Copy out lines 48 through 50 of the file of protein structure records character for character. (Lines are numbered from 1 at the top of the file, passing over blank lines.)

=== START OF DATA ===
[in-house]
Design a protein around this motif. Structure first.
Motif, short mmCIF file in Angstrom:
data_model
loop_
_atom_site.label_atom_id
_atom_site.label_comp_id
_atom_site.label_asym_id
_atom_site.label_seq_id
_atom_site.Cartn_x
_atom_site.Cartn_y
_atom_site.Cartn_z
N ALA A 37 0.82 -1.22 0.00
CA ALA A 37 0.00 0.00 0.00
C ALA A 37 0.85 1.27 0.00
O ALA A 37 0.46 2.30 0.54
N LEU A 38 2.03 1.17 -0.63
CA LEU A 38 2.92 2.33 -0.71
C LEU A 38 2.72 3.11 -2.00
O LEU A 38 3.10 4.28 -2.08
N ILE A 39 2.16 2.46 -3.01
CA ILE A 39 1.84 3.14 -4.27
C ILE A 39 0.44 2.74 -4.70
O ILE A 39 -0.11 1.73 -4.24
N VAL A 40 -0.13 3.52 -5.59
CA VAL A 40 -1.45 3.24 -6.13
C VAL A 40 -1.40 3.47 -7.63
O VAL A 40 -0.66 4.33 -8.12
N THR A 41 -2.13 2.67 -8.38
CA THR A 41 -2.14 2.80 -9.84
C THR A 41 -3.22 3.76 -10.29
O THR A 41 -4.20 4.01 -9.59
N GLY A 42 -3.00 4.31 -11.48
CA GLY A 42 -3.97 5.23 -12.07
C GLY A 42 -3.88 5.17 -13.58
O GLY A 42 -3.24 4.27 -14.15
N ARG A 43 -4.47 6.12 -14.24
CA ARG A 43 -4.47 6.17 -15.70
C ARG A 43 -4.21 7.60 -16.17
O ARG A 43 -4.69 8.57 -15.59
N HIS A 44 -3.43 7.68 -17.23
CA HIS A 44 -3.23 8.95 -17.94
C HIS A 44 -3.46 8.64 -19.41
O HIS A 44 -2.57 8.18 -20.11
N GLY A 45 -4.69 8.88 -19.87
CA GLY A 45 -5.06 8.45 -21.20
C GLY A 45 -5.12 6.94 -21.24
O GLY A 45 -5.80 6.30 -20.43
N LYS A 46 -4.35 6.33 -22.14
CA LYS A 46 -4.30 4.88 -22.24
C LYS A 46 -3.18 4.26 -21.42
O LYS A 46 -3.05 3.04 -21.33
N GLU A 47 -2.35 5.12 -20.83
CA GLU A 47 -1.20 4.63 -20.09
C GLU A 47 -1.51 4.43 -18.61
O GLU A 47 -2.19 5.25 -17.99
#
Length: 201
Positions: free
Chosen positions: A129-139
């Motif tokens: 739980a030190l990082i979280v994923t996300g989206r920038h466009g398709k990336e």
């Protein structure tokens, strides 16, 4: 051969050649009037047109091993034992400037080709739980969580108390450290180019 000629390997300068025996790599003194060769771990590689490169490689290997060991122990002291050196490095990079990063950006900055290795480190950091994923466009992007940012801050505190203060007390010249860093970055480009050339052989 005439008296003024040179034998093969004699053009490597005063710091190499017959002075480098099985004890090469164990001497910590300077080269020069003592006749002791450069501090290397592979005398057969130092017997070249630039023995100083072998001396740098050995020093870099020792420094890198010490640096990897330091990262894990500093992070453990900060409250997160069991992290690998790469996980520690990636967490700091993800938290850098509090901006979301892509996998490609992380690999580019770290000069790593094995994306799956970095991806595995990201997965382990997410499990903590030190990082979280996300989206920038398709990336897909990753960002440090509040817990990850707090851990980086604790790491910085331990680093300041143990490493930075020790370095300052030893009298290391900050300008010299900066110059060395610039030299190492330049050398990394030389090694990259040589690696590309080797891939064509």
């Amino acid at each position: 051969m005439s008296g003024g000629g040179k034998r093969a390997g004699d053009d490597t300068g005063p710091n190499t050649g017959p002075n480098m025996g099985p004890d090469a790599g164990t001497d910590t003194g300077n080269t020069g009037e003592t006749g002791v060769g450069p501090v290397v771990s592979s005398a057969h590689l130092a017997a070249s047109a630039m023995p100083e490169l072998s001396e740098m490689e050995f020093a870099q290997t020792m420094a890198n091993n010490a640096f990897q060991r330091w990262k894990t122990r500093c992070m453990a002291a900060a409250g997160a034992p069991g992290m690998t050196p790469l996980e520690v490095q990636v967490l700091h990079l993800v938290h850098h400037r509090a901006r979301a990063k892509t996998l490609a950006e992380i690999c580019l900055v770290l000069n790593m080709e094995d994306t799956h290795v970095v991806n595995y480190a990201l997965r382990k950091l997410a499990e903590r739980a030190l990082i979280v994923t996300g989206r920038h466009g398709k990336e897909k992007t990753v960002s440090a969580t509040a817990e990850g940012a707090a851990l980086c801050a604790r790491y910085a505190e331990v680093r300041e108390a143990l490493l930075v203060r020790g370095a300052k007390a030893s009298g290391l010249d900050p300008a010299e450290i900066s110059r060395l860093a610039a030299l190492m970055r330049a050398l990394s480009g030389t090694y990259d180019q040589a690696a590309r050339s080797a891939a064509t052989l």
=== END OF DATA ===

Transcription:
O GLY A 45 -5.80 6.30 -20.43
N LYS A 46 -4.35 6.33 -22.14
CA LYS A 46 -4.30 4.88 -22.24